These multi-jointed arms reach, swing, dance and swivel around to weld dozens of joints on an assembly, often within just a few seconds. The robot always lays down a perfect bead or tack, it works many times faster than a human, and it never takes sick days or vacations. That’s why they’re used in almost every factory where welding happens in the world today.
Now imagine putting that same robotic-arm superstructure on a set of rubber tracks, configure the tool end to pick up brick or block rather than weld. According to a report from Reuters, that’s exactly what researchers have done in Switzerland with their In-situ Fabricator, or IF Mobile Robot. See the video below.
In the video the researchers raise a few issues to be resolved and say it may be eight or ten years before such robots will go to work on building construction jobsites. I think they’re wrong. Whatever challenges these prototypes face now can be easily engineered out of the jobsites. And I fully believe that something like the Swiss IF mobile robot will be in commercial use within three years. Here’s why:
I framed homes back in the late 70s and early 80s. The builder that gave us the most work, Ray Ellison Homes, was always trying different ways to modularize the process. Instead of stick framing, they’d give us pre-framed segments that we’d stand up and nail together. Other times they would pre-frame a segment and put the siding on at the factory and we’d stand that up. Ray Ellison was ahead of his time in trying to find a more efficient system, but regardless of the system all the houses took about the same amount of time to frame.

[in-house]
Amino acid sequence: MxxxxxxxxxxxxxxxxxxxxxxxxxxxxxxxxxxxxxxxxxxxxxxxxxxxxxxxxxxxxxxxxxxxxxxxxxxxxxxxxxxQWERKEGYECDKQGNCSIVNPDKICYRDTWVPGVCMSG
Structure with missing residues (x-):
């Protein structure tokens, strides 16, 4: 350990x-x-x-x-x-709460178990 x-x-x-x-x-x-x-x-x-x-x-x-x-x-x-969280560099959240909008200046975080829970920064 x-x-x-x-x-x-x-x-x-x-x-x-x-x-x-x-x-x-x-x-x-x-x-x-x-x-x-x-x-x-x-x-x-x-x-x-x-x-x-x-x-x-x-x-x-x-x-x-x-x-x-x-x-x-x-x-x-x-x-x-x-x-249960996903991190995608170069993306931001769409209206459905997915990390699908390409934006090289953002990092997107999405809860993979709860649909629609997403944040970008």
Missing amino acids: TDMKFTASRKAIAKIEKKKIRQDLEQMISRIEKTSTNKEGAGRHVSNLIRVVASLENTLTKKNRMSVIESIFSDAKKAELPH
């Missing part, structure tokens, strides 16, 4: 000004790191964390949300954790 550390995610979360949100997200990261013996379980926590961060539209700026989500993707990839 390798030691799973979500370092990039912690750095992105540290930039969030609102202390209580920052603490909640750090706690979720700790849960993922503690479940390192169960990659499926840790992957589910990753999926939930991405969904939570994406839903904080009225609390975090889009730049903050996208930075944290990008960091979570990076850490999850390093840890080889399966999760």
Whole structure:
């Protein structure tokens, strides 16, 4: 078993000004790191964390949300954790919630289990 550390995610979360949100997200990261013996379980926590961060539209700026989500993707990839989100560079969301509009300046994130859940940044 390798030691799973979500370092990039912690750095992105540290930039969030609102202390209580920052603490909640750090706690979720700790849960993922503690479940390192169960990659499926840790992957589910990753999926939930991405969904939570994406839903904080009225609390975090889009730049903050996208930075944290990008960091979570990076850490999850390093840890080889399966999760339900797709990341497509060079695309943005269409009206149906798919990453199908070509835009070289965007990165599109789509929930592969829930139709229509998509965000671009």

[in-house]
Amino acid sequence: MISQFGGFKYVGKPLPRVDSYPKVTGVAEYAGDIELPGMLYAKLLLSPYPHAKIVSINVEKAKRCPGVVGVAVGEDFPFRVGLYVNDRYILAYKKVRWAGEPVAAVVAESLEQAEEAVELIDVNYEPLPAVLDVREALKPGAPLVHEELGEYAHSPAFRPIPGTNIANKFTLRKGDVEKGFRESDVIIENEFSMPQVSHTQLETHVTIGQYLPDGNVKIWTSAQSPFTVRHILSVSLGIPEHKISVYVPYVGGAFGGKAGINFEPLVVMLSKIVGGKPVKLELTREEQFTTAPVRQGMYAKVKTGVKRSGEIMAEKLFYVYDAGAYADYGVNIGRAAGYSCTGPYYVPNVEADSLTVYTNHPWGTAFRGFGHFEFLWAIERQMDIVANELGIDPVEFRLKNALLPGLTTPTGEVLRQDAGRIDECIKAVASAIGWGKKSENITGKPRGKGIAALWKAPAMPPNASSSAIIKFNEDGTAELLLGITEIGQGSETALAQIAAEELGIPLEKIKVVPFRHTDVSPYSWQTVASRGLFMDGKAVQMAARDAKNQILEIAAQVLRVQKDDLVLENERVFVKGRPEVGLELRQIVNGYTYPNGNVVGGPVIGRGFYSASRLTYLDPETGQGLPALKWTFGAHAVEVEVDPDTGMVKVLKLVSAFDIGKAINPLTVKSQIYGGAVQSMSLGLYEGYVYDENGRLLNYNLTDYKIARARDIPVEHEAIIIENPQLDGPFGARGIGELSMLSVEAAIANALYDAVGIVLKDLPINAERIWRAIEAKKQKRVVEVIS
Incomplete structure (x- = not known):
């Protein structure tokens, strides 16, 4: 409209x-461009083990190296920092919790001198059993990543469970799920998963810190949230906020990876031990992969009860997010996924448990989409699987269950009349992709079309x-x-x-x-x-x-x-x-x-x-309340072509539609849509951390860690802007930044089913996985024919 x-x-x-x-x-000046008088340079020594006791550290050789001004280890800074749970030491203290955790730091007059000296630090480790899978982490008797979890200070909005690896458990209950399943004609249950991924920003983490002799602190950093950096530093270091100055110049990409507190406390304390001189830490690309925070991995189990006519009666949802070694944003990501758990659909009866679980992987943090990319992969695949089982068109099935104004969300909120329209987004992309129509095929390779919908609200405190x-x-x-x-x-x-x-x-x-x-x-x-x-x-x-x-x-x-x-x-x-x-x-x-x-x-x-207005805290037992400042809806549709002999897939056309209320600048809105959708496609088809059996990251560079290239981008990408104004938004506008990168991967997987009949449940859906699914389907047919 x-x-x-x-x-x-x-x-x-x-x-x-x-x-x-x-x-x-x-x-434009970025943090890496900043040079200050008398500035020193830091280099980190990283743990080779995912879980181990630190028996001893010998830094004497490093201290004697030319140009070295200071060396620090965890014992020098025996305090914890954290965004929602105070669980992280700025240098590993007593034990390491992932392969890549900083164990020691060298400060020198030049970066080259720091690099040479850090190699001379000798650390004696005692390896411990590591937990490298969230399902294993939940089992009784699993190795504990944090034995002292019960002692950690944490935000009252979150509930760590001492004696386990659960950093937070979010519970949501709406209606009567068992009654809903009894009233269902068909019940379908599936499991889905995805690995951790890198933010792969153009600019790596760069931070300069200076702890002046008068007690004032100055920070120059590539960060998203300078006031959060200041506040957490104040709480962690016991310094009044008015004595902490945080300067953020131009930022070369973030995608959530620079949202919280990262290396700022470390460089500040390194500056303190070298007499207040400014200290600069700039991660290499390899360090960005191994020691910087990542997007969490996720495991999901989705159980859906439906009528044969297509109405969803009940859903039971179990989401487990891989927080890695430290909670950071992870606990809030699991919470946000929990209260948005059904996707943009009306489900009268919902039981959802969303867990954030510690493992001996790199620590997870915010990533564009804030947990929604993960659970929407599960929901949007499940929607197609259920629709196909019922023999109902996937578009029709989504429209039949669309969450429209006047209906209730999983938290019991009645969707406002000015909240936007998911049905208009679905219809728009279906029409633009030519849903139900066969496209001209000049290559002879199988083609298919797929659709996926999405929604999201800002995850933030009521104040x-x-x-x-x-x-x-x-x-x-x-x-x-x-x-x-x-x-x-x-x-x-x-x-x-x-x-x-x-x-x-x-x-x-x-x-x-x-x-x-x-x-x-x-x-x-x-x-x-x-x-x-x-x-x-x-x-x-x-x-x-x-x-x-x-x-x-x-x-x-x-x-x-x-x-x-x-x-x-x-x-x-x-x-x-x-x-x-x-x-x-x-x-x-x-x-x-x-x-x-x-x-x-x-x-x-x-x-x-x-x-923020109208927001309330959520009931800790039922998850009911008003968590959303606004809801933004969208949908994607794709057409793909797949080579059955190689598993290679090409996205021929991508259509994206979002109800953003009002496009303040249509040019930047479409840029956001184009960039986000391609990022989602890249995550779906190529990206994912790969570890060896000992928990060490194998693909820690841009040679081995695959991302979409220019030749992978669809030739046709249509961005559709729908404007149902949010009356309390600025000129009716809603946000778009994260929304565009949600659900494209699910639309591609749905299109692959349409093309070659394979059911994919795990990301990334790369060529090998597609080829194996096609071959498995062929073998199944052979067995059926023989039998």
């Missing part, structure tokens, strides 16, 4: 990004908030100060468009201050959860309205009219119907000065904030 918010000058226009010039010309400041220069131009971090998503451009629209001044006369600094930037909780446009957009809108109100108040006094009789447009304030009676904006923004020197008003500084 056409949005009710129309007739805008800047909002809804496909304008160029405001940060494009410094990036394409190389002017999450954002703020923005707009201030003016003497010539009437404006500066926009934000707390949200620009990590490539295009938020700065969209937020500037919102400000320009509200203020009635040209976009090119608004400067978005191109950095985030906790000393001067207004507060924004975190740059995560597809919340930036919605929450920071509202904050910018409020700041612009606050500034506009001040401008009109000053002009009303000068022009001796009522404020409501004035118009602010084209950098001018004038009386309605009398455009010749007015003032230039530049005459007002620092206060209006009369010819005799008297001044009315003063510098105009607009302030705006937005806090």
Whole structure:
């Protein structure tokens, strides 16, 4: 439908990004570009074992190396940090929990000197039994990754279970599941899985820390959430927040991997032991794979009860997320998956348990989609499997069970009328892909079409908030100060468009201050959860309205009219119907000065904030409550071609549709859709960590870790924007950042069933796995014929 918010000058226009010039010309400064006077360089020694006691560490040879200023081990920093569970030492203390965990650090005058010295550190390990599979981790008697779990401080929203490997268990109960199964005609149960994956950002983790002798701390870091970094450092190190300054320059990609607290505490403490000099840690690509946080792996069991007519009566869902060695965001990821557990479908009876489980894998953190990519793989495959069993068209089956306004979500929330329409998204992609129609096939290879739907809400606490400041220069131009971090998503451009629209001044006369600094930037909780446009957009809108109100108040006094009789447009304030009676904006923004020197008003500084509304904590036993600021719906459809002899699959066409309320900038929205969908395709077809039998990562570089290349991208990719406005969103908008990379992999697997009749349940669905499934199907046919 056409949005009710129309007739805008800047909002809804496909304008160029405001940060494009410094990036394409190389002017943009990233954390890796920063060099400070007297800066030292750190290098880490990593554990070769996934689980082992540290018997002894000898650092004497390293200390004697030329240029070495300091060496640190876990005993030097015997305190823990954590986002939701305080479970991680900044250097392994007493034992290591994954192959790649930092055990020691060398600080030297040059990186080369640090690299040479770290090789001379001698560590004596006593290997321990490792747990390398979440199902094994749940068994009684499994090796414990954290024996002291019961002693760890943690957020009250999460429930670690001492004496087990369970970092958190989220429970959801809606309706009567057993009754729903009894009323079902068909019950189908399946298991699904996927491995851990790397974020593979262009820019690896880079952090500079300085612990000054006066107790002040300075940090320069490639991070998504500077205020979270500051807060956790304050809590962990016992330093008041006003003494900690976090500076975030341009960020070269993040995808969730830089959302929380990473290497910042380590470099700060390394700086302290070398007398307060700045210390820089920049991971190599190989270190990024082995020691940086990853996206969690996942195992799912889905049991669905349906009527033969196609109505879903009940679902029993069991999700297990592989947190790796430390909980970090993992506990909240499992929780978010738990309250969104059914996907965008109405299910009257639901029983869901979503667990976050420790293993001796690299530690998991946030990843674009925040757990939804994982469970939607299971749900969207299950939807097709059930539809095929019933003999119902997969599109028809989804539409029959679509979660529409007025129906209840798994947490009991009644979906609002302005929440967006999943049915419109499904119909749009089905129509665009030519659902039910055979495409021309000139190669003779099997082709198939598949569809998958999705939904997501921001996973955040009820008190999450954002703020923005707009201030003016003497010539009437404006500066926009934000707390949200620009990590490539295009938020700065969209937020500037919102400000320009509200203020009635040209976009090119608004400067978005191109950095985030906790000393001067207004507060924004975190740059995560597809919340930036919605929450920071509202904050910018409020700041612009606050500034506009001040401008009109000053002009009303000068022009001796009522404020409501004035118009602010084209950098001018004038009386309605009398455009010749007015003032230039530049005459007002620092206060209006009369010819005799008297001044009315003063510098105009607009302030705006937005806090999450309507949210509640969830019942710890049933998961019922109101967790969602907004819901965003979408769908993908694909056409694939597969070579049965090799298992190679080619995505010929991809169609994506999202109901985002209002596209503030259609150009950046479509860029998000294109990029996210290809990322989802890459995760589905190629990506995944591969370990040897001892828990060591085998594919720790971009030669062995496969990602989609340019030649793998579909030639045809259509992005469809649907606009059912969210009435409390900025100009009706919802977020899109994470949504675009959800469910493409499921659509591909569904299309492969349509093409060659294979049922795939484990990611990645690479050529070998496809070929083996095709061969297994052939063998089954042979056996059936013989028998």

What really ate up time was framing the roof. With trusses you had to get those beastly heavy pieces stacked up and laid out flat on the walls, then stand them up one at a time with one guy in the middle and two guys on either end to toe nail the truss to the top plate. It was slow and dangerous, with all three carpenters 10 feet off the ground trying to wrestle with wobbly trusses that may weigh 200 pounds each.
Now imagine a robotic telehandler with an adapted front end that simply places the truss on the right spot on the top plate. Or a robotic rack placed on the walls that moves and braces each truss into position hydraulically. Next you have another robot that moves along a track on the ground and toenails each truss to the top plate.
Instead of three or four men taking an entire afternoon to do this, imagine a pair of robots doing the same work, in an hour, 90 minutes tops. The technology to do this is already here. It just needs to be configured specific to the application. The only thing I can see that would have to change on the job would be to keep the site level and free from debris to allow a tracked robot to move about or rails to be laid for the robots to run on.
The thing to remember about robotic technology is that it’s best used for repetitive tasks. So laying bricks and block–a sure fire winner. Framing rafters and trusses? Oh yeah!
Back in the day we put 50 to 100 pounds of nails into every house we framed. And if the compressor blinked out, somebody cut the air hose or the guns jammed, we’d have to pound in every one of those nails by hand. If Ray Ellison were alive today, he’d be designing robots.
One of the things that always ticked me off about builders is that most were too cheap to strap the roof framing to the wall framing. These lightweight aluminum straps cost less than $1 each. You only need one every third stud, but in high winds they can and often do keep a house from coming apart. They’re not required by code except in Florida and along some coastal areas, but otherwise most builders won’t use them. Why? Because each strap requires six to eight nails, precisely driven through holes in the strap and doing a whole house could take one carpenter a half a day. Applications like these are perfect for robots.
Think about what you do and what’s the most repetitive task your workers perform. Then start thinking about how a robot could do it better. It’s going to happen and sooner than anyone imagines.